When thinking about composing a new bio I am often reminded of something an old friend, the, now famous actor Sam Jackson often told me:”donʼt nobody care.” Dis-irregardless, the soon to be legendary JulieAnn Emery has persisted, so here goes. I will henceforth speak of myself in the third person,as is the wont of many highly paid athletes.
Sam McMurray was born,will live for a while, and probably die before he expects to. He has been an actor for over thiirty-five years. His parents and stepmother were actors, the mother of
his children was an actress, and his oldest daughter is an actress. Guess it couldnʼt be helped. Like any “ism”, itʼs a family disease.
A Greenwich Village Idiot, he grew up in the theatre world and after college entered that world as a dues paying Equity member. He cobbled a living together from appearances on the New York stage,as well as regional theatre, the occasional commercial and TV and film roles. He is particularly fond of “Translations,” “A Soldierʼs Play,” “Savage in Limbo,”ʼ “The Taking of Miss Janie,” “KId Purple,” “Comedians,” and “Gray Spades,” to name a few. He is a long time member of Ensemble Studio Theater and a veteran of many summers at the Eugene OʼNeill Playwrights conference, where he debuted works by John Patrick Shanley, James Yoshimura and Adam Rapp, among others,as well as a regular contributor to the Seven Devils in McCall, Idaho.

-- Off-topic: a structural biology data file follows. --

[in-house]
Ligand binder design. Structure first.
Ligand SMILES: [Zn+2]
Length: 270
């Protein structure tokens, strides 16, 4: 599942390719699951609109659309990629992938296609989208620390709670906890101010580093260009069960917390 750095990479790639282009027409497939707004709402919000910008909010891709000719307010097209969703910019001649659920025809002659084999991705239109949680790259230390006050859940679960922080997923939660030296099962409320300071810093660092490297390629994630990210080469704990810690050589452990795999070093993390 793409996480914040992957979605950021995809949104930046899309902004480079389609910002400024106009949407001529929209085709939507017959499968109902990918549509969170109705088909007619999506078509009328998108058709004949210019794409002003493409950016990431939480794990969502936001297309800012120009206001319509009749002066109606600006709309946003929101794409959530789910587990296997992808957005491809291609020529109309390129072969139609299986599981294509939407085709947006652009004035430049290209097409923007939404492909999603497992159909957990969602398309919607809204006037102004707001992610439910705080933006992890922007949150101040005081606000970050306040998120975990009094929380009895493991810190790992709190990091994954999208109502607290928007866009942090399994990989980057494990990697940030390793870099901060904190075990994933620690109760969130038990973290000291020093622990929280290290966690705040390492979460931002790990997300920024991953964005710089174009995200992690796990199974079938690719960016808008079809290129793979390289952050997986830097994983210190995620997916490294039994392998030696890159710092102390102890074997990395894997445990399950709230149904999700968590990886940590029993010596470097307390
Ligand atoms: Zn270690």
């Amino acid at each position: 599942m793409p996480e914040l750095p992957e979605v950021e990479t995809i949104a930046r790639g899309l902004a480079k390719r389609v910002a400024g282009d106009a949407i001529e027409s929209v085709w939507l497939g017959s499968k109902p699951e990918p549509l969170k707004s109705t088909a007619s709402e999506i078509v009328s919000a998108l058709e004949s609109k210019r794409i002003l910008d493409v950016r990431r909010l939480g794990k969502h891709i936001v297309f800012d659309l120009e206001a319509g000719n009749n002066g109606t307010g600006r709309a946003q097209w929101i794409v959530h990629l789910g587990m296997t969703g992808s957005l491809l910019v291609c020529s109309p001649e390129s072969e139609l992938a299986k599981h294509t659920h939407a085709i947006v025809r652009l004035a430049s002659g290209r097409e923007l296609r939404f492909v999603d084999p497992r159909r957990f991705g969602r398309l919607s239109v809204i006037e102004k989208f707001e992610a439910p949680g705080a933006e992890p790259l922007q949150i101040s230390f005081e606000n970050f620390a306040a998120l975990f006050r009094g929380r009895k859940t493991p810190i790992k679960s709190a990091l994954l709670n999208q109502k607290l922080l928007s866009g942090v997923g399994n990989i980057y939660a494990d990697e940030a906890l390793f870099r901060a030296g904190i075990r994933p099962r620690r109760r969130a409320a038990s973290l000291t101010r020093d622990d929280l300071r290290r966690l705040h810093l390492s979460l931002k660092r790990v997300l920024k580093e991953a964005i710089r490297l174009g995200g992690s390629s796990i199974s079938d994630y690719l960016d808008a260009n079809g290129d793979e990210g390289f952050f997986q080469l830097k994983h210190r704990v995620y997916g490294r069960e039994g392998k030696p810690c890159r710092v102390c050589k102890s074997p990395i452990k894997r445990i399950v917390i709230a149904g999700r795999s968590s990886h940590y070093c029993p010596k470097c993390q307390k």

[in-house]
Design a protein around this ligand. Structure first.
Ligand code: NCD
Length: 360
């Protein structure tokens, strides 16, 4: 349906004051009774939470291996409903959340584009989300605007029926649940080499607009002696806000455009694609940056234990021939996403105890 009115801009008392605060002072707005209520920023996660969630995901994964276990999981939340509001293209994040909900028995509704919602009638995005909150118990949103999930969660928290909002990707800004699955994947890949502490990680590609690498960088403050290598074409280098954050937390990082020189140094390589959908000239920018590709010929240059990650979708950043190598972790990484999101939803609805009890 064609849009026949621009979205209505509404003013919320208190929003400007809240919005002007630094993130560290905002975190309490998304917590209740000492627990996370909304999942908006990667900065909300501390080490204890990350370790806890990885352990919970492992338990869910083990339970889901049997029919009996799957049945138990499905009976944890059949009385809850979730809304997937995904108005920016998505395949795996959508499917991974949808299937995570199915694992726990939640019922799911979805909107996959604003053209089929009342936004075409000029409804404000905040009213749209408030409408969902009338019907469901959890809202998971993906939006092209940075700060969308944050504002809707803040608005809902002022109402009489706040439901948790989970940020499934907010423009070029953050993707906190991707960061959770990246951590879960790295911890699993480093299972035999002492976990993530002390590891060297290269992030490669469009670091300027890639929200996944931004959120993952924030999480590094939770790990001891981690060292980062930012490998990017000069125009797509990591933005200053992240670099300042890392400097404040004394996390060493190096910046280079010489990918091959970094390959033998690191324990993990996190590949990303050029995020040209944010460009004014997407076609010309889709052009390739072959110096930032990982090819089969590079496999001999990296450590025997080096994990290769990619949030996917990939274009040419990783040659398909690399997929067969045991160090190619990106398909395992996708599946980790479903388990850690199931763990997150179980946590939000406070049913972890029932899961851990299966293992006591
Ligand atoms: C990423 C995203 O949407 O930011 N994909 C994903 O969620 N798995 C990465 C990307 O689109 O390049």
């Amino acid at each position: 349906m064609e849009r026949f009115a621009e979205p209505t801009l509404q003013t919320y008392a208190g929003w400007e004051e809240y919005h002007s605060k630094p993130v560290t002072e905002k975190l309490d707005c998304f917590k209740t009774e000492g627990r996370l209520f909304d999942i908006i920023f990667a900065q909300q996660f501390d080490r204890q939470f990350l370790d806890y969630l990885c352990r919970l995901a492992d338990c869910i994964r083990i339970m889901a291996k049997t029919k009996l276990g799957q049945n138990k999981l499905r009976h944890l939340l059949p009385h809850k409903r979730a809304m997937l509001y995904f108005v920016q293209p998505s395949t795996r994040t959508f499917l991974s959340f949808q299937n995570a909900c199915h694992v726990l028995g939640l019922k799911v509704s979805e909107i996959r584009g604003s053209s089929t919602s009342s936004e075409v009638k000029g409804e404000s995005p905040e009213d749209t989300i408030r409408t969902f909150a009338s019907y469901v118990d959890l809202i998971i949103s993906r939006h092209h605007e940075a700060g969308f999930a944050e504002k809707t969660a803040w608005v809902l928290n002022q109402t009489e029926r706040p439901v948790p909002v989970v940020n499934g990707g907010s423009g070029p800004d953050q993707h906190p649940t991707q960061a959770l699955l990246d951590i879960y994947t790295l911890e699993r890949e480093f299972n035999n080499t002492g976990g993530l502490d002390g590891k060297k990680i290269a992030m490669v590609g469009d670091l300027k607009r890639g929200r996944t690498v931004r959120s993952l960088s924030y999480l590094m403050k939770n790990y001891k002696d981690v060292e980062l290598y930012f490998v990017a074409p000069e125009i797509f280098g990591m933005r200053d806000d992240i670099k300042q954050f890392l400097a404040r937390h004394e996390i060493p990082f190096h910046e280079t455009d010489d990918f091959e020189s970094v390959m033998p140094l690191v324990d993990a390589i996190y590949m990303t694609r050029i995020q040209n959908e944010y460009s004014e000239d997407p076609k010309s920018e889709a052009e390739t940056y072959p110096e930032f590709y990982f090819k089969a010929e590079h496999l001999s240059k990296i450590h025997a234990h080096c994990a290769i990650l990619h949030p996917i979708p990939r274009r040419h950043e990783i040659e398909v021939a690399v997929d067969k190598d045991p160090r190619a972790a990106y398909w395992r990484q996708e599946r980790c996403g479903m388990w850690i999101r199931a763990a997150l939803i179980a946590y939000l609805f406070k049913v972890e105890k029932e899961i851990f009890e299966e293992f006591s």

The prospect of making a living wage appealed to him,so he relocated to Los Angeles in 1986. The timing was right, and he soon found work in features and on television,notably in “Raising Arizona,” “L.A. Story,” “Drop Dead Gorgeous,” “Stone Cold,” “Mod Squad” and “Dear God.” Not to mention “Slappy and the Stinkers.” He did the usual raft of guest shots on TV and appeared as a regular on “The Tracey Ullman Show,” “Likely Suspects,” “A League of their Own,” “Matt Waters,” “Medicine Ball,” “Stand by your Man,” and his favorite, “Dinosaurs.” More recently, he recurred on “King of Queens,”“Friends,”
“Freaks and Geeks,” and “Breaking Bad.”
Although technically declined, Mr. McMurray does have a computer, and is aware of online technology and the “next thing,” known as non-paying webisodes. The upside to this new venue is that he gets to do something he digs very much, with folks of voracious talent and appetite;to wit, “Then We Got HELP!” This past Christmas he returned to New York in order to shoot two webisodes of the aforementioned, and had more fun doing them than anything in recent memory. Come March, Mr. McMurray will proudly link this show to anyone who wants to see something of his “work.” Itʼs a brave new world and Iʼm in it, goddammit.